Sequence of hours, halfes of an hour, etc

-- Hours in a day
SELECT CAST('00:00:00' AS TIME) + INTERVAL (s.seq - 1) HOUR AS t
    FROM (SELECT seq FROM seq_1_to_24) s;
-- Halfes of an hour in a day
SELECT CAST('00:00:00' AS TIME) + INTERVAL (30 * s.seq) MINUTE AS t
    FROM (SELECT seq FROM seq_1_to_48) s;

Working days

The last two examples are not so useful, alone. Usually you don't need to fill a table with all days in a month/year, or all hours in a day. Instead, you only need to write working days and working hours. To find working days, you can use DAYOFWEEK() function to exclude saturdays and sundays. Of course this doesn't automatically exclude christmas or other holidays - but I think that the best solution is deleting them after filling the table.

SELECT DATE ('2014-01-01' + INTERVAL (s.seq - 1) DAY) AS d
    FROM (SELECT seq FROM seq_1_to_30) s
    -- exclude sunday (1) and saturday (7)
    WHERE DAYOFWEEK(DATE ('2014-01-01' + INTERVAL (s.seq - 1) DAY)) BETWEEN 2 AND 6;

Just a note on implementation. Why do I start dates from day 1 and then I perform a - 1, rather than directly starting from day 0? For two reasons. First, in Setting a strict SQL_MODE article, I explain that the NO_ZERO_DATE and NO_ZERO_IN_DATE flags in SQL_MODE should be set. Second: '2014-01-00' + INTERVAL 1 DAY returns NULL, and it is the correct behavior, not a bug. If you don't understand the reason (but also if you understand it), please set those flags. Permissive SQL_MODEs pretend to be your friends, but one of these days they will kill you!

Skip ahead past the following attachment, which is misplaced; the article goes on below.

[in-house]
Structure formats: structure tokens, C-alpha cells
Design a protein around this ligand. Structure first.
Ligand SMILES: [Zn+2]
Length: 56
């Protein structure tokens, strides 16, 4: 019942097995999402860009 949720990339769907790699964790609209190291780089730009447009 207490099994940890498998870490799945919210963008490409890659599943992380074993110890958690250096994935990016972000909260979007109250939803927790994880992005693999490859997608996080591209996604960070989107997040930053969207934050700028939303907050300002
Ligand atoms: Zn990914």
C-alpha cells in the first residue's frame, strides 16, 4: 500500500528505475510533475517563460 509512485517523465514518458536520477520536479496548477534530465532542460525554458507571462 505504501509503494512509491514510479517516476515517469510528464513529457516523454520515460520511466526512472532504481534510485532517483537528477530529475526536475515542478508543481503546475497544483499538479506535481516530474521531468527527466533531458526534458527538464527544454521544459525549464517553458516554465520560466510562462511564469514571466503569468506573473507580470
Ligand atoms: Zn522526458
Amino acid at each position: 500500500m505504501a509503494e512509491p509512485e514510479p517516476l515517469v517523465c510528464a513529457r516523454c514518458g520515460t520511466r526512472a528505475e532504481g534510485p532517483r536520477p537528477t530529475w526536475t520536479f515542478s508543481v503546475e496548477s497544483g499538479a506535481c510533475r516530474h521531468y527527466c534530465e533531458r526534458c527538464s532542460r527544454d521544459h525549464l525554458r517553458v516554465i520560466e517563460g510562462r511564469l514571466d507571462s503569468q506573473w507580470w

Working hours

SELECT {dt '2013-01-01 01:00:00'} + INTERVAL (wd.d - 1) DAY + INTERVAL (dh.h - 1) HOUR AS wh
            -- working days in a month
            SELECT seq AS d FROM seq_1_to_30
        ) wd
            -- daily working hours
            (SELECT seq AS h FROM seq_9_to_12)
            (SELECT seq AS h FROM seq_14_to_17)
        ) dh
    ORDER BY 1;

Here we have one subquery returning the working days, JOINed with a subquery returning working hours. Note that working hours have a hole (workers lunch), so the second subquery is a UNION of 2 sequences.

And... yes, carthesian product is evil, but here it's exactly what we need. The CROSS keyword makes clearer that if you modify the query and make a mistake, you could create a SELECT returning a big number of rows.

To-Do and suggestions

In a future article, I will show a Stored Function which dynamicall composes a query to populate a table with DATETIME values, in a given time range, with a given granularity.

Do you think that one of these query is not well-optimized? Do you have other interesting ideas which involve the sequence Storage Engine? Please, comment this article.